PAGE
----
A long, long time ago, way back before the offseason began in earnest, I took a look at the state of the Cubs' baseball spending outlook for 2015.
All right, it was just a month and a half ago. But it sure feels longer ago than that given just how much has transpired.
From the Jon Lester signing to the Miguel Montero trade, the Cubs have made a slew of moves impacting the 40-man roster. As such, it's time for another look at the expenses for this year's club.
Here are the totals for the dead money, draft bonuses, and international amateur bonuses categories as projected in the earlier piece (please refer to the linked article above for additional details):
|International Amateur Bonuses/Salaries||$3,764,625|
As I noted at that time, that international amateur category could look wildly different before it's all said and done. The figure above merely represents the Cubs' projected pool, a 5 percent overage, and the corresponding tax for exceeding the assigned limit. Jorge Soler has graduated from the group too, taking his $2,000,000 salary with him. Gerardo Concepcion, incredibly, has both 2015 and 2016 still to go.
As an additional reminder also found in the article linked above, here is an approximate rundown of team spending in various categories over the past eight seasons:
Well then. With that stage set, let's take a look at the team's current projected roster for 2015 with the cash outlays for each player. I'm going to kick Blake Parker and Brian Schlitter off of the 40-man for purposes of this snapshot so I don't go over 40 (because I include Kris Bryant for obvious, late-April reasons). I suspect that the Cubs will make a small trade in the coming days to clear room. Whether you prefer to move Parker, Christian Villanueva, Donn Roach, Schlitter, etc., just roll along for purposes of the snapshot:
|Player Name||Position||2015 Cash Outlay|
|Tommy La Stella||2B||$515,000|
Simply put, the 40-man payroll number is going to be the first of its kind in the Theo Epstein/Jed Hoyer era. Spending could track the 2012 season reasonably closely with Carlos Zambrano's dead money left on the roster in the form of Edwin Jackson.
There is an additional expense that could very well figure into the payroll that isn't represented above: incentives. Tsuyoshi Wada has $2 million on the line based on the number of starts he makes for the big-league club, and Jason Motte has $2.5 million in play based on games finished.
As an aside, don't be surprised if the Cubs send Justin Grimm to the minors for the first month or so of the season to "stretch out as a starter" before returning to his relief role. Grimm projects to achieve Super Two status in 2016 if he spends most or all of the year on the 25-man roster. Additionally, Grimm must clear Optional Assignment Waivers if he is sent to Iowa later than June 16, 2015, leaving him possibly on the outside looking in to start the season with the crowded back-end and bullpen pitching picture.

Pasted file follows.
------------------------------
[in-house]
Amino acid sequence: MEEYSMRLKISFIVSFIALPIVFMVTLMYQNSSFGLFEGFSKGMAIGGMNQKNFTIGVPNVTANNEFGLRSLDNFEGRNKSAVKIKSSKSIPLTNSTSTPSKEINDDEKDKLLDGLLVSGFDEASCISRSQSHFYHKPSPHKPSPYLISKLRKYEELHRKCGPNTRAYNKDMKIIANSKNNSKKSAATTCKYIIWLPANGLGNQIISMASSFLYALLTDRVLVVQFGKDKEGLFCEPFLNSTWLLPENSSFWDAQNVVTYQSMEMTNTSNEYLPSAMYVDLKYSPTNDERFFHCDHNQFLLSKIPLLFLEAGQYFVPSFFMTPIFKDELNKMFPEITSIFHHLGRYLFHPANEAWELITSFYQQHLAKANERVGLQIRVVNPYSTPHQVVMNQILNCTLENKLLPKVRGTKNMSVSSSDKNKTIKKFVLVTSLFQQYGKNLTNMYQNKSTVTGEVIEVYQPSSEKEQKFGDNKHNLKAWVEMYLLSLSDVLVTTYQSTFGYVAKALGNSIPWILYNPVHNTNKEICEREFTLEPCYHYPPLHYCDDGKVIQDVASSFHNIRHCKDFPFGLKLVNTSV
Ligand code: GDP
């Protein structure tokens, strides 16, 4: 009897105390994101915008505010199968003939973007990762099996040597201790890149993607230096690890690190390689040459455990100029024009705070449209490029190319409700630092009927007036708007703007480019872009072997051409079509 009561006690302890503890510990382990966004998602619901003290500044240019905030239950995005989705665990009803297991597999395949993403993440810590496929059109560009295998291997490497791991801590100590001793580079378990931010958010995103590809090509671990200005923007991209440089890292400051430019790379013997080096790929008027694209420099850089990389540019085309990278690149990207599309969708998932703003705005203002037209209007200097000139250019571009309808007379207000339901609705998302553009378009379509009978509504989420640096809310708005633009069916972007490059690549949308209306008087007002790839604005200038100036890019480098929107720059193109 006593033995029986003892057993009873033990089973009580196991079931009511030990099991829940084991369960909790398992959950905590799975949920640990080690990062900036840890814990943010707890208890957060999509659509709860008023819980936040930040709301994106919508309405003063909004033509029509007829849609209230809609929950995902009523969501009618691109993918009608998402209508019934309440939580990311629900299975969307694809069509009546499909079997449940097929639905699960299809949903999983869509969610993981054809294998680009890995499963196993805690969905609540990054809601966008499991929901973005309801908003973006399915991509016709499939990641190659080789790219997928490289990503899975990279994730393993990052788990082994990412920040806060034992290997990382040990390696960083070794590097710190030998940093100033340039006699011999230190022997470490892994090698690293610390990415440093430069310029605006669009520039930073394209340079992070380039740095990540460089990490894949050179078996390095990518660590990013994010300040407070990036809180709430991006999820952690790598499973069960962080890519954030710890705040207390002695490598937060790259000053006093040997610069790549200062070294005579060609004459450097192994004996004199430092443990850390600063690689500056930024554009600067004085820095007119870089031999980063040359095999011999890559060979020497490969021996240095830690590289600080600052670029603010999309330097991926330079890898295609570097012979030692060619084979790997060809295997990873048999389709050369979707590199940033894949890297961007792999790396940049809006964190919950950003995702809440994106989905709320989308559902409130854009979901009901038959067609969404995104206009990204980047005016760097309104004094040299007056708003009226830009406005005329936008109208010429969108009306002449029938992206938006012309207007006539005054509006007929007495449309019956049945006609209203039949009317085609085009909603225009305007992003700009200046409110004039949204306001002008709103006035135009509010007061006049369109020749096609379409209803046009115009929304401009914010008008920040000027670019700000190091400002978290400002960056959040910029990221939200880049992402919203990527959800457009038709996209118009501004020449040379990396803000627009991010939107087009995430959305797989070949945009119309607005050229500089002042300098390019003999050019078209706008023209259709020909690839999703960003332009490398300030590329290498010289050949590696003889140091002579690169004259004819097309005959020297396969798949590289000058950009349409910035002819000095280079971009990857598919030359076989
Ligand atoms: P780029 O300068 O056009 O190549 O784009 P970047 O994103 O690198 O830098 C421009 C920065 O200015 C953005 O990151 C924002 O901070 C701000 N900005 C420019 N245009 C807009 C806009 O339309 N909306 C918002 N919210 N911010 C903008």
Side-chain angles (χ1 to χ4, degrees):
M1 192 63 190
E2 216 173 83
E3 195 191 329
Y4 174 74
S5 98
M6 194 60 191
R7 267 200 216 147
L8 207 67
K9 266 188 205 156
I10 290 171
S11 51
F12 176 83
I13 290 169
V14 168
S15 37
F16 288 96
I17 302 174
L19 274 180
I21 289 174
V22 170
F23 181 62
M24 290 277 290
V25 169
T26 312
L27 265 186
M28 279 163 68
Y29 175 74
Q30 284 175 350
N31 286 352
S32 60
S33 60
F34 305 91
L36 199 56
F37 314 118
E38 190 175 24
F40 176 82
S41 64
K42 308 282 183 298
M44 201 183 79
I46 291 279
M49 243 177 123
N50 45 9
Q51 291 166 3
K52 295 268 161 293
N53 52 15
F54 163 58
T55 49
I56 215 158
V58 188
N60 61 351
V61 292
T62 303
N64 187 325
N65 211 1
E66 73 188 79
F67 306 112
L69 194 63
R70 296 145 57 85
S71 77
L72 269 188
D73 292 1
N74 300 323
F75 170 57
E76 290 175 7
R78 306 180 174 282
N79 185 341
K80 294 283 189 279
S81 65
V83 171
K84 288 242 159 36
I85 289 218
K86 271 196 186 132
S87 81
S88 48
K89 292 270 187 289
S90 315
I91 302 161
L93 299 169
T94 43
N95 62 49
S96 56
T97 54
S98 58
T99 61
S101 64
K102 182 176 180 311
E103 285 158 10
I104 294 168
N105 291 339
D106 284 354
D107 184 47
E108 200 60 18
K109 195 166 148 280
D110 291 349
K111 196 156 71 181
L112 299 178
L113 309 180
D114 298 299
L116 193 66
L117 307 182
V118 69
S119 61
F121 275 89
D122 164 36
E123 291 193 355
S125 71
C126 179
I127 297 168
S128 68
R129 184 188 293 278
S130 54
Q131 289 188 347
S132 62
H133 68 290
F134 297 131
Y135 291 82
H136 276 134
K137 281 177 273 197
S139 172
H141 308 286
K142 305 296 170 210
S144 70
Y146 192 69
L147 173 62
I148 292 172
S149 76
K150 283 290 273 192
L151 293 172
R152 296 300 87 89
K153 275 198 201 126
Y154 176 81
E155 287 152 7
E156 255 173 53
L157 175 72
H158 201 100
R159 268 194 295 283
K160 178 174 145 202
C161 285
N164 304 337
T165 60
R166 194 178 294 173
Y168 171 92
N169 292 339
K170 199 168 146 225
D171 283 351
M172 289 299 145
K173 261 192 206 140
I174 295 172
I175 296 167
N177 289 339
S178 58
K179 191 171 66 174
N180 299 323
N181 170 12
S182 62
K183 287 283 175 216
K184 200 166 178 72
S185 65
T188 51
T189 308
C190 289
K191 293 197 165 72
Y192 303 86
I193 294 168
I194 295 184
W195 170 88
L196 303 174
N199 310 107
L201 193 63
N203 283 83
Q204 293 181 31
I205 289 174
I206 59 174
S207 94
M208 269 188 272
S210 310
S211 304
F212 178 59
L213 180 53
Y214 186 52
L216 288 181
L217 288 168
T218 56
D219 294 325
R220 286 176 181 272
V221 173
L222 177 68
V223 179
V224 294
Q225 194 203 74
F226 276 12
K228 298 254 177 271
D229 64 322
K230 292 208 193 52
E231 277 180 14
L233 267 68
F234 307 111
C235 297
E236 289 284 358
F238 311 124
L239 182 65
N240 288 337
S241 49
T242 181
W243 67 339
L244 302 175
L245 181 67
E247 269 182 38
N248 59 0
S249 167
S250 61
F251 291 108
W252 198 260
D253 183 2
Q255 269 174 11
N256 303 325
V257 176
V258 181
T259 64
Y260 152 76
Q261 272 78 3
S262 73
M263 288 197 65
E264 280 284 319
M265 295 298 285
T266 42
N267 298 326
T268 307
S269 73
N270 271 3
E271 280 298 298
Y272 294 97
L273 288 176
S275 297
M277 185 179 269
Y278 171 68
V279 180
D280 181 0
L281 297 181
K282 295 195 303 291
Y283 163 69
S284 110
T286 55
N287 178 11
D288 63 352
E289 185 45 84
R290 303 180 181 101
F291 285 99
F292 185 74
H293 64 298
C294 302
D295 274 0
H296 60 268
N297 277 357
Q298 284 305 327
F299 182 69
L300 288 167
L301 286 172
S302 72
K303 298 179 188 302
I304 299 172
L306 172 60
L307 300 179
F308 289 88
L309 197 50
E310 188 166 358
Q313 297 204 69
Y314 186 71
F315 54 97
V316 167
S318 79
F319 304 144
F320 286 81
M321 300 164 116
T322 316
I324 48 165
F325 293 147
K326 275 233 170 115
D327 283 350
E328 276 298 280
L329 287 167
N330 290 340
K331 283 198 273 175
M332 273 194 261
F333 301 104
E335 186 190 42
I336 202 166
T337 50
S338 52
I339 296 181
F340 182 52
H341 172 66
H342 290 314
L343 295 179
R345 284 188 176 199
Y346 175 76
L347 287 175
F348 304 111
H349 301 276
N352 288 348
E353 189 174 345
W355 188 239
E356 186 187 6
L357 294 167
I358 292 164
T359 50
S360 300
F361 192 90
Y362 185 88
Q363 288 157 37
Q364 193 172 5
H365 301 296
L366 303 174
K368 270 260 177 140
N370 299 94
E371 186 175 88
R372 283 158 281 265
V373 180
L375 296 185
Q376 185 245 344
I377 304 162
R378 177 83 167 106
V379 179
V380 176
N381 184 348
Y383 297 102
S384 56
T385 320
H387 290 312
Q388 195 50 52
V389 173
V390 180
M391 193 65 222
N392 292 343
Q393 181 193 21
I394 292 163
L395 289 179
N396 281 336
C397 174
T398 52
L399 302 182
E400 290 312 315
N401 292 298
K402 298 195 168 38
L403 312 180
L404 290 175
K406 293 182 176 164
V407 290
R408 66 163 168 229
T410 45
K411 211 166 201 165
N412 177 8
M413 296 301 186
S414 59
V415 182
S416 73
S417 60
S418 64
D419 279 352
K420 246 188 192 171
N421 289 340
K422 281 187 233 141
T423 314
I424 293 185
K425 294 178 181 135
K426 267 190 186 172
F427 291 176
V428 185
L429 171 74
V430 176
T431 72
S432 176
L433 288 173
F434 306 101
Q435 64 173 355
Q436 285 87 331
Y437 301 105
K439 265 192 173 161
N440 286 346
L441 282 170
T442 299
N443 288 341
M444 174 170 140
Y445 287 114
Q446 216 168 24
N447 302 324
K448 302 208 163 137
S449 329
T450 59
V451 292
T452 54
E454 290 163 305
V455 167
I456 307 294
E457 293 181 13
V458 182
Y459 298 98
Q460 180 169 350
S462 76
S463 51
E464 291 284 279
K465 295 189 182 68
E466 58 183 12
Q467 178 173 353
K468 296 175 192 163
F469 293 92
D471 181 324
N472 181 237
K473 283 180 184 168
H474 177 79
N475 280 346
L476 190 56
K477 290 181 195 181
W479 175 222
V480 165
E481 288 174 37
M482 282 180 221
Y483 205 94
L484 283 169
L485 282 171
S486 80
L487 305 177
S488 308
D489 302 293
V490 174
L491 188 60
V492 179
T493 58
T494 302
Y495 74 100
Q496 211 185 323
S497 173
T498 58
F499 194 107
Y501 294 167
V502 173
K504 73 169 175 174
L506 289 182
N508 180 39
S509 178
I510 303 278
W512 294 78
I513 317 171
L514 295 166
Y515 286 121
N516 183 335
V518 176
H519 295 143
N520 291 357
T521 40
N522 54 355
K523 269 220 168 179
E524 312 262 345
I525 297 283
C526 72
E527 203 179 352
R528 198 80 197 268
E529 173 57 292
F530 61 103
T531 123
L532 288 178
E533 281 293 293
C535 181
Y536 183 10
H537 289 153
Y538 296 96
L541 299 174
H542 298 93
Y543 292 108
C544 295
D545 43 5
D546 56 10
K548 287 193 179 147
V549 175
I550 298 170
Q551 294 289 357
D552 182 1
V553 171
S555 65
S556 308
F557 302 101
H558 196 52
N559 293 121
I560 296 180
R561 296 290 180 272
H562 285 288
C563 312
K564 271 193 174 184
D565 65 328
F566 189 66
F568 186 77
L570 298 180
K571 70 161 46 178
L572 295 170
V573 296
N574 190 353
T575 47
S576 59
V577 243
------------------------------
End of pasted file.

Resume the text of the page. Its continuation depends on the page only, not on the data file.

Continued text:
Regardless, looking at these categories begs an obvious question: what is the true spending capacity of the Cubs? Is the 2010-11 average of $157,395,000 an unattainable figure or a reasonable ceiling? Or is the 2012-14 adjusted average figure the most accurate number? Adding in $40,000,000 for Masahiro Tanaka and subtracting $6,000,000 for Jason Hammel last year, the average total spending over the past three years across the four categories listed would have been $135,806,890.
Based on the current 40-man payroll estimate of $119,235,000 and the total from the other three categories above of $14,002,615, the Cubs are on track to spend approximately $133,237,615 in 2015. There should be something like $10 million of new cash available thanks to the new portion of the television deal, but that hardly answers (1) what the full budget figure was for 2015 prior to that deal, or (2) how the Cubs plan to spend their remaining financial might.
It seems eminently reasonable to think that the club will dole out $20 million in international bonuses and tax payments this summer. Then again, perhaps a trade for an expensive veteran could be in the cards with the likes of Justin Upton, Ben Zobrist, or Marlon Byrd all possibilities of varying attractiveness. Maybe the front office continues to scratch their aggressive itch, trading Travis Wood and Luis Valbuena to clear enough payroll space to add James Shields to the rebuilt rotation.
Regardless, it's clear that spending will be up to at least 2013 levels for the Cubs with 2012 appearing likely and even 2010-11 in sight.
The Ricketts family said that they would spend when the time for spending came. They certainly appear to be true to their word. At this point, the primary intrigue appears to be on exactly what asset the club will spend its remaining cash.